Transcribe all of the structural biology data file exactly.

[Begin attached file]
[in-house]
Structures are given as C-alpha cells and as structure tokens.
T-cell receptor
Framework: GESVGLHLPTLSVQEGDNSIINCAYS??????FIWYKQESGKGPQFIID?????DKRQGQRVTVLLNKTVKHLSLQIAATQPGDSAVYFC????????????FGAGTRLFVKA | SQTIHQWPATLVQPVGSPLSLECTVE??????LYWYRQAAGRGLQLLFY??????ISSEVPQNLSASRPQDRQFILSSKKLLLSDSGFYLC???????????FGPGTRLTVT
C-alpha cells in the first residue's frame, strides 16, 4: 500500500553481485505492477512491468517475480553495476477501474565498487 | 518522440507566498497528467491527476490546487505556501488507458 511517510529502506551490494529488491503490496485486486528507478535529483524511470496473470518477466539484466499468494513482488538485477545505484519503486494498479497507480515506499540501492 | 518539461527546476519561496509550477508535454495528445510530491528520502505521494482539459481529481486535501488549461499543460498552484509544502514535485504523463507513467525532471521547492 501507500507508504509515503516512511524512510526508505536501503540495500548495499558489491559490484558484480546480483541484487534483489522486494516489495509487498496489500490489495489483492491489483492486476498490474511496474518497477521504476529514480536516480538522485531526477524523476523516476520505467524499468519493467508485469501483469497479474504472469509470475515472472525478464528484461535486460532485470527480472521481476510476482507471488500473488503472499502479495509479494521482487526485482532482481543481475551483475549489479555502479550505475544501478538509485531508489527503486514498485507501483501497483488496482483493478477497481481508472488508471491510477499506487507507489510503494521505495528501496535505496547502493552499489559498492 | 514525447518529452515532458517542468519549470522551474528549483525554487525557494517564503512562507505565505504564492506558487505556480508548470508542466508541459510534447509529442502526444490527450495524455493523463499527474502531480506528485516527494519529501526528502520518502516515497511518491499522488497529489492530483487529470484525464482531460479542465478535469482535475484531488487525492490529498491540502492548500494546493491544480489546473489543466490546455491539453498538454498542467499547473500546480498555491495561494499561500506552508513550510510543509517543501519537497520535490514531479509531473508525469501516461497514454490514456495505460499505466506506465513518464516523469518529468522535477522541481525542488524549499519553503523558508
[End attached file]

[in-house]
Structures are given as C-alpha cells and as structure tokens.
T-cell receptor
Framework: GESVGLHLPTLSVQEGDNSIINCAYS??????FIWYKQESGKGPQFIID?????DKRQGQRVTVLLNKTVKHLSLQIAATQPGDSAVYFC????????????FGAGTRLFVKA | SQTIHQWPATLVQPVGSPLSLECTVE??????LYWYRQAAGRGLQLLFY??????ISSEVPQNLSASRPQDRQFILSSKKLLLSDSGFYLC???????????FGPGTRLTVT
C-alpha cells in the first residue's frame, strides 16, 4: 500500500553481485505492477512491468517475480553495476477501474565498487 | 518522440507566498497528467491527476490546487505556501488507458 511517510529502506551490494529488491503490496485486486528507478535529483524511470496473470518477466539484466499468494513482488538485477545505484519503486494498479497507480515506499540501492 | 518539461527546476519561496509550477508535454495528445510530491528520502505521494482539459481529481486535501488549461499543460498552484509544502514535485504523463507513467525532471521547492 501507500507508504509515503516512511524512510526508505536501503540495500548495499558489491559490484558484480546480483541484487534483489522486494516489495509487498496489500490489495489483492491489483492486476498490474511496474518497477521504476529514480536516480538522485531526477524523476523516476520505467524499468519493467508485469501483469497479474504472469509470475515472472525478464528484461535486460532485470527480472521481476510476482507471488500473488503472499502479495509479494521482487526485482532482481543481475551483475549489479555502479550505475544501478538509485531508489527503486514498485507501483501497483488496482483493478477497481481508472488508471491510477499506487507507489510503494521505495528501496535505496547502493552499489559498492 | 514525447518529452515532458517542468519549470522551474528549483525554487525557494517564503512562507505565505504564492506558487505556480508548470508542466508541459510534447509529442502526444490527450495524455493523463499527474502531480506528485516527494519529501526528502520518502516515497511518491499522488497529489492530483487529470484525464482531460479542465478535469482535475484531488487525492490529498491540502492548500494546493491544480489546473489543466490546455491539453498538454498542467499547473500546480498555491495561494499561500506552508513550510510543509517543501519537497520535490514531479509531473508525469501516461497514454490514456495505460499505466506506465513518464516523469518529468522535477522541481525542488524549499519553503523558508